Test drive: Genesis G80 makes its mark in the luxury saloon space
What we’re driving: Genesis G80 3.8 Ultimate Sport Design
What it costs: $92,900 (RRP, plus on-road costs)
As tested: $92,900 (plus on-road costs)
Why we’re driving it: It’s not every day that a new luxury car brand launches on these shores but premium Korean marque Genesis has done just that this week, with the opening of a new retail studio and the launch of two new models.
If you’re thinking, ‘didn’t Genesis launch here a couple of years ago?’, you’d be right … kind of.
What we see here, reborn and rebadged as the Genesis G80, was formerly known as the Hyundai Genesis, a big luxury saloon that arrived here in late 2014.
Now, the planets are back in sync and Genesis (the brand, not the model) is officially open for business, courtesy of the funky new Genesis Studio in Sydney’s Pitt Street Mall, featuring this born-again G80 and an all-new BMW 3-Series rival, the G70.
What it costs
Pricing starts at $68,900 for the Genesis G80 3.8 and rises to $88,900 for the G80 3.8 Ultimate. Both grades are available with an optional $4000 Sport Design styling package, which is fitted to the car we’re driving.
Even the base car is extremely well kitted out, with features such as adaptive suspension, nine airbags, and a full suite of safety kit including blind-spot collision warning, driver attention warning, and forward collision avoidance.
The 3.8 Ultimate adds 19-inch alloys, Nappa leather interior, heated/ventilated front and outboard rear seats, panoramic glass sunroof, powered soft-close doors, a powered boot, and much more.
A direct sales model means you won’t be able to buy the cars via a dealer; instead, you need to go to a Genesis Studio, of which there is just one right now, with more to come in 2020.
Or, you can buy your Genesis via what the company claims is Australia’s first fully transactional automotive online sales portal.
But if you’re the kind who likes to haggle, Genesis might not be the brand for you thanks to a fixed-price sales model that stipulates no discounts.
Instead, Genesis serves up a comprehensive ownership proposition that includes a five year/unlimited kilometre warranty; five-year or 75,000km complimentary scheduled servicing; five-year valet service; five-year roadside assist; and five-year ‘Genesis to You’ concierge service.
On the outside
Perhaps not surprisingly, given its aspirations, the G80 looks from certain angles like a cross between a BMW 7-Series and an older-generation Lexus LS.
In truth, it’s pitched one level below these players, against the likes of the BMW 5-Series and Mercedes-Benz E-Class, but comes with many of the luxury trappings of the chauffeur-driven full-size limousines.
It’s a big, broad and ruggedly handsome sedan with a muscular stance that vaguely recalls the sadly departed Holden Statesman Caprice. There’s nothing overly fancy in its styling – just crisp, clean lines, like a well-cut but conservative three-piece suit.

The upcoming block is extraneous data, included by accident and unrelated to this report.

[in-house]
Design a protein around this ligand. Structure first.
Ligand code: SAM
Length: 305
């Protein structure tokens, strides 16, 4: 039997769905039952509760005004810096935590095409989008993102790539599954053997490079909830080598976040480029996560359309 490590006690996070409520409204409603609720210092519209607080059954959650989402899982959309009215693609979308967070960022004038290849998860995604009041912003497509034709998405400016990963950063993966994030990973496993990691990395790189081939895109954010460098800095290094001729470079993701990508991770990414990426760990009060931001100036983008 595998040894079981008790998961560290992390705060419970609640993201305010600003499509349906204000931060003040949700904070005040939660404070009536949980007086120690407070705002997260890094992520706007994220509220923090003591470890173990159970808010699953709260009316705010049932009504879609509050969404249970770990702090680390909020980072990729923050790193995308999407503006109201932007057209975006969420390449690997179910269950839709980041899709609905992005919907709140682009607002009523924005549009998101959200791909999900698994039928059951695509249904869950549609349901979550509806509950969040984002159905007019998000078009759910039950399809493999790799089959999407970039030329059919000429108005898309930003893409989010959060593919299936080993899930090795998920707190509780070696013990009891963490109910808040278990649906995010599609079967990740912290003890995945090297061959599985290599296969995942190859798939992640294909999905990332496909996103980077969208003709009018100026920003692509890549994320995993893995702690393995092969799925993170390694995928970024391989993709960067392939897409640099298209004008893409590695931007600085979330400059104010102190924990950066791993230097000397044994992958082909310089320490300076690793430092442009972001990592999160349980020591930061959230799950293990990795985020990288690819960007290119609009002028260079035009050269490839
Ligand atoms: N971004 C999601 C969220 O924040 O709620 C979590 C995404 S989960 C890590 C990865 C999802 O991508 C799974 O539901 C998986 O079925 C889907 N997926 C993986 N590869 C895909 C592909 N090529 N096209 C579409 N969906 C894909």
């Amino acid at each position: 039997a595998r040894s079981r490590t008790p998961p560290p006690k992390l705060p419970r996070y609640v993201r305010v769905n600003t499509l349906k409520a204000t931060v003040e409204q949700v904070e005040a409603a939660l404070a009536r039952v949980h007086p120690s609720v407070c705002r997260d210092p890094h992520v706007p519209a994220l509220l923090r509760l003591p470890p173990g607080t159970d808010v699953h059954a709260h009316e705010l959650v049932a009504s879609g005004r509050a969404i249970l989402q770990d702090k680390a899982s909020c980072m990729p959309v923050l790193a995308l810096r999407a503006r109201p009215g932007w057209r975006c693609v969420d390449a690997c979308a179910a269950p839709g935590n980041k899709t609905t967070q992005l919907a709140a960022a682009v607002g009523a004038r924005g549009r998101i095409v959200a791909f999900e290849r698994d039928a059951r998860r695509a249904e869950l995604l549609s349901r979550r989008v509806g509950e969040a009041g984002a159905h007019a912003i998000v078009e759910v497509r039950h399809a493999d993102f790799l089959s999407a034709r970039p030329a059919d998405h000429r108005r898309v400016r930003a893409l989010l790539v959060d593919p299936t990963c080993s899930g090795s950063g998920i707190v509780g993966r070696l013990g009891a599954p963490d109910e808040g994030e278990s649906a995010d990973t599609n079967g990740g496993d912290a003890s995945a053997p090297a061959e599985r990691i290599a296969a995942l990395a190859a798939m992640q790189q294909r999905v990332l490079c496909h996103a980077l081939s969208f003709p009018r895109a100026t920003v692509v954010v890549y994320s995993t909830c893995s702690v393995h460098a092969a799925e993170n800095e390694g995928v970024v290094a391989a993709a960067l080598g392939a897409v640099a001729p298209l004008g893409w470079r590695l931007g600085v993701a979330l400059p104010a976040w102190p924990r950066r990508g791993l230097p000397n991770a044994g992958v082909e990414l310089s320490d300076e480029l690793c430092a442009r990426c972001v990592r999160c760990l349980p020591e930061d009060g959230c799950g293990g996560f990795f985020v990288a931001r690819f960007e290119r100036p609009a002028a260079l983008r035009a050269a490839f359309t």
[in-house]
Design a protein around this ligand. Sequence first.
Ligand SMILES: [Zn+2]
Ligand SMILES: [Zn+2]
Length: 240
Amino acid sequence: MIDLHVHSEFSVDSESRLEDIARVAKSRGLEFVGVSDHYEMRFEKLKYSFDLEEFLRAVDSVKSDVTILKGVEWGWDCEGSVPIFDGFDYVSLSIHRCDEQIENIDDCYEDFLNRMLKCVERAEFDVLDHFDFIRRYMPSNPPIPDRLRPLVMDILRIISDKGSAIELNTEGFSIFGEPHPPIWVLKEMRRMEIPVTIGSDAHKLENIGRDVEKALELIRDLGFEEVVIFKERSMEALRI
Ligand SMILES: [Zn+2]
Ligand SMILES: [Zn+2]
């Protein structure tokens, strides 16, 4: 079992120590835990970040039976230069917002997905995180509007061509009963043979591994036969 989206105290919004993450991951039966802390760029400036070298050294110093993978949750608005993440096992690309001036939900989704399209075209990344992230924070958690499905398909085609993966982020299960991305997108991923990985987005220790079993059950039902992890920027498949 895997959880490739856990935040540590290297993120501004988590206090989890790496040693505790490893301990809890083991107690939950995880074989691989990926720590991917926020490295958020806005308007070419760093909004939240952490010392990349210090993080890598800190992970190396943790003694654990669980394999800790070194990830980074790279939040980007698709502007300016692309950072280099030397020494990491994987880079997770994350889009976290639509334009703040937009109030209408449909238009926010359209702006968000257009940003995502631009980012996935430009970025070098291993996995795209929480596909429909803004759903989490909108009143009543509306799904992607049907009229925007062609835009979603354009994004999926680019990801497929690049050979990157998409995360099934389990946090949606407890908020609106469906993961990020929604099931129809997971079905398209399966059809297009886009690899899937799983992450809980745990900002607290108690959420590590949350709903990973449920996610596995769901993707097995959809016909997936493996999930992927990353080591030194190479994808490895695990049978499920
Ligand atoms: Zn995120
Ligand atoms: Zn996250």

Under the bonnet
The G80’s engine is an all-alloy, direct injection 3.8-litre petrol V6, producing an impressively smooth 232kW and 397Nm.
It boasts plenty of up-to-the-minute mechanical kit, like a variable intake manifold and continuously variable valve timing, but still feels like a gutsy, old-school, large-capacity V6.
Driving via a smooth-shifting eight-speed automatic en route to the rear hoops, the V6 launches the G80’s hefty 1985kg weight with gusto, nailing the 0-100km/h sprint in 6.5 seconds.
The nearest E-Class Benz to this price point, the E 200 model ($92,600 plus costs), packs a 2.0-litre turbo-petrol engine, a nine-speed auto, and 450kg less kerb weight, but is 1.2 seconds slower to 100km/h.
On the inside
The switchgear and dash layout are a generation behind what the best from Germany are doing right now with configurable digital displays and so forth; but is by no means unattractive.
There’s plenty of soft-touch materials throughout, including lovely Nappa leather and suede, mixed with tasteful touches of real aluminium trim.
The overall effect is luxurious up-front and properly first class in the rear seats, where power-adjustable slide-and-recline rear seats are operated via controls in the centre armrest.
On the road
The G80 is impressively quiet and refined inside the cabin, courtesy of a laminated windscreen and side glass, allowing you to savour the 17-speaker, 900-watt Lexicon premium audio system.
The G80 gets around corners fairly smartly, thanks to chassis engineers who have gone to the trouble of developing Australian-specific suspension and steering settings.
Damping, body control and steering are all impressive, and the G80 feels rock-solid even on pothole-blighted back roads.
It would be tempting to pigeon-hole the Genesis G80 as a tarted-up Hyundai. But that would do the car a serious injustice, because there’s a real depth of engineering in what is a serious attempt to make a mark in the large luxury saloon class.
In many ways, the G80 brings to mind Lexus’s first foray into the prestige car game, way back in 1989. Like the original LS400, the G80 nails so many of the competitive metrics required in this space that it should be an automatic consideration against any of its German rivals.
Hi Guest, join in the discussion on Test drive: Genesis G80 makes its mark in the luxury saloon space
American Airlines - AAdvantage
02 Jun 2019
Total posts 16
Where is the 3.3 litre turbo engine ?